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A Lady for A Duke- Review

A Lady for a Duke

By Alexis Hall

Genre: Historical, LGBTIA Romance

Publication Date: May 24,2022

Publisher: Forever

Source: Received an ARC in exchange for an honest review

Stars: 4

Amazon Indiebound


A lush, sweeping queer historical romance from the bestselling author of Boyfriend Material—perfect for fans of Netflix’s Bridgerton, Evie Dunmore, and Manda Collins!

When Viola Caroll was presumed dead at Waterloo she took the opportunity to live, at last, as herself. But freedom does not come without a price, and Viola paid for hers with the loss of her wealth, her title, and her closest companion, Justin de Vere, the Duke of Gracewood.

Only when their families reconnect, years after the war, does Viola learn how deep that loss truly was. Shattered without her, Gracewood has retreated so far into grief that Viola barely recognises her old friend in the lonely, brooding man he has become.

As Viola strives to bring Gracewood back to himself, fresh desires give new names to old feelings. Feelings that would have been impossible once and may be impossible still, but which Viola cannot deny. Even if they cost her everything, all over again. 


I debated between a 4 and 4.5 stars rating but finally decided to go with 4 star because of how long it took me to finish this book. At first, the emotional feels were too much and I needed to space out reading it. After the first 40% of the book, the feels died down a little and I was able to read it faster but it did take me a little longer to connect to the storyline. Unlike my usual feelings about books and wanting more, I actually think A Lady for A Duke would have benefited from being a bit shorter. There was a bit that felt receptive that could have been cut to make the story flow.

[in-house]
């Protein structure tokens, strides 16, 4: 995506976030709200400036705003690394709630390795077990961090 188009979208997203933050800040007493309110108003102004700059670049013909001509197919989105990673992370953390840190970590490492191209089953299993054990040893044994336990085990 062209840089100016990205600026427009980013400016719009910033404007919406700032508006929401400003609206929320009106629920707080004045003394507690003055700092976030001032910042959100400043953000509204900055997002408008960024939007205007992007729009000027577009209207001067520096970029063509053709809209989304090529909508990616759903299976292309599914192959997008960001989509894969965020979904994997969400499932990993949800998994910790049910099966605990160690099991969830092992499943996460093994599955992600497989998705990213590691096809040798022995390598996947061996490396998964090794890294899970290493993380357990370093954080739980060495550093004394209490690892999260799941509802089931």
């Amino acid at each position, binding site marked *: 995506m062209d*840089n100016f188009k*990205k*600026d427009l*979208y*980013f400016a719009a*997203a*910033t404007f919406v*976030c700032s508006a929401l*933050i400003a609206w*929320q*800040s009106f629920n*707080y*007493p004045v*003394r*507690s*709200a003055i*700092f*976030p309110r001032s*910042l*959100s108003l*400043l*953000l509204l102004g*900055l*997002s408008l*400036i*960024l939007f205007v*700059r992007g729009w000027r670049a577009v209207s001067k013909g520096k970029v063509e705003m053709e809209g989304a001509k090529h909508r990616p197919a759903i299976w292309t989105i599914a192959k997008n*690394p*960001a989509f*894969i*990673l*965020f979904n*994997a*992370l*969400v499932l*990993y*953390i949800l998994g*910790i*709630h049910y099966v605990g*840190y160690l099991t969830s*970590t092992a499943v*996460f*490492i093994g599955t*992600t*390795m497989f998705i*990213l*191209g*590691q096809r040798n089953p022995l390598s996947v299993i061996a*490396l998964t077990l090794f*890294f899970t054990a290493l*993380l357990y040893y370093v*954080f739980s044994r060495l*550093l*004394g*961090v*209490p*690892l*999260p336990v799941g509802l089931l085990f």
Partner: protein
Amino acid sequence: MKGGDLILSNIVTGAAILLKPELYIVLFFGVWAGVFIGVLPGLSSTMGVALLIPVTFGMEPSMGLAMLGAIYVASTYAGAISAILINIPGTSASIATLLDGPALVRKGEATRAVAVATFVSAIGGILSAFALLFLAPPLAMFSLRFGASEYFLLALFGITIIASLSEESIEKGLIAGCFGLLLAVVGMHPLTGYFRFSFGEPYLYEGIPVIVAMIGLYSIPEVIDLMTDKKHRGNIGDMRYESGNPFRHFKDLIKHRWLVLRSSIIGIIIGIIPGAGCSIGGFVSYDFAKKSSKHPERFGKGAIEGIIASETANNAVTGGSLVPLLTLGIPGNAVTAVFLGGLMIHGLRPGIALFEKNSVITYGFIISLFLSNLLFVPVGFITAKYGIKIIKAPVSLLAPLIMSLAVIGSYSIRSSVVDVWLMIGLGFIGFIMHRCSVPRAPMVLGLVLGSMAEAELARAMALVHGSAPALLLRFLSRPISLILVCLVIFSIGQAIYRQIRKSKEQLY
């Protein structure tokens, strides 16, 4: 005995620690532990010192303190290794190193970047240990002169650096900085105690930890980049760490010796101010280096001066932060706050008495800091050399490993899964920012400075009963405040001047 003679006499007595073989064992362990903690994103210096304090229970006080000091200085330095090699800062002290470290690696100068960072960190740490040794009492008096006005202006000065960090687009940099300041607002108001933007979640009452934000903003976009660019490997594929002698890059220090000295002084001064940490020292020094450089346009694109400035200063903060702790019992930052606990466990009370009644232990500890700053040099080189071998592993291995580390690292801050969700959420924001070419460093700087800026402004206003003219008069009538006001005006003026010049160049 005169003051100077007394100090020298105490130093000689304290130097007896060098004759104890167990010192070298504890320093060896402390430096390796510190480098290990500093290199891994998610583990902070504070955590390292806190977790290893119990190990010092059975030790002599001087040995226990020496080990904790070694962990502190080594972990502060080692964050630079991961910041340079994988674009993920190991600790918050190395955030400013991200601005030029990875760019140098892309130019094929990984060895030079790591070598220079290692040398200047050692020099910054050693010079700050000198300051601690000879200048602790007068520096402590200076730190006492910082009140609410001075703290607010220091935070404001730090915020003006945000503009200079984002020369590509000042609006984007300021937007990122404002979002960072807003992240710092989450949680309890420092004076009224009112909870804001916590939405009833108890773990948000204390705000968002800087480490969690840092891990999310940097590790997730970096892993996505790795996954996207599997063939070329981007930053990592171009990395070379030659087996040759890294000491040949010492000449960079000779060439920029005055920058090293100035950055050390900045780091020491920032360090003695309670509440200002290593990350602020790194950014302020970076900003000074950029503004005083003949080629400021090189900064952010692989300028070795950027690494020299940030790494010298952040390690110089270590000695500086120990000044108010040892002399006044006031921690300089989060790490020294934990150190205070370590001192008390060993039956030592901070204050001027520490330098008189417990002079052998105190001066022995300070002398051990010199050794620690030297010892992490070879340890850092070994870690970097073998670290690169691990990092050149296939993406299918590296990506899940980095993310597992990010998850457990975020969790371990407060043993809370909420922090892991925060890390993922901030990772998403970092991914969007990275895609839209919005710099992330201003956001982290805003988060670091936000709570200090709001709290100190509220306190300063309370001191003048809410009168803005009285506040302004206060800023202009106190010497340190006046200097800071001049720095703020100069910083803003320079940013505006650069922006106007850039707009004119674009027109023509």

A Lady for a Duke follows the reunion of Gracewood and his friend who is now Viola. Guilt is a major plot point in this book and both Gracewood and Viola struggle with it. Gracewood feels that his friend’s death is his fault while Viola suffers guilt over needing cause Gracewood hurt to be able to live her life as a woman. There is so much emotional healing that is needed for both of them and that makes for a bit of slow going in the beginning. Once Gracewood learns that Viola is his decreased friend, the plot of the book picks up. There are absolutely adorable moments between Gracewood and Viola, such as their dance, that really show the connection between the two of them. As their relationship moves to the physical, the role of communication and trust is really highlighted and it provides a good contrast to see how far they’ve come. There are some plot points I questioned towards to end of the book but they didn’t detract from my overall enjoyment. This story was an emotional roller coaster but also beautifully written.

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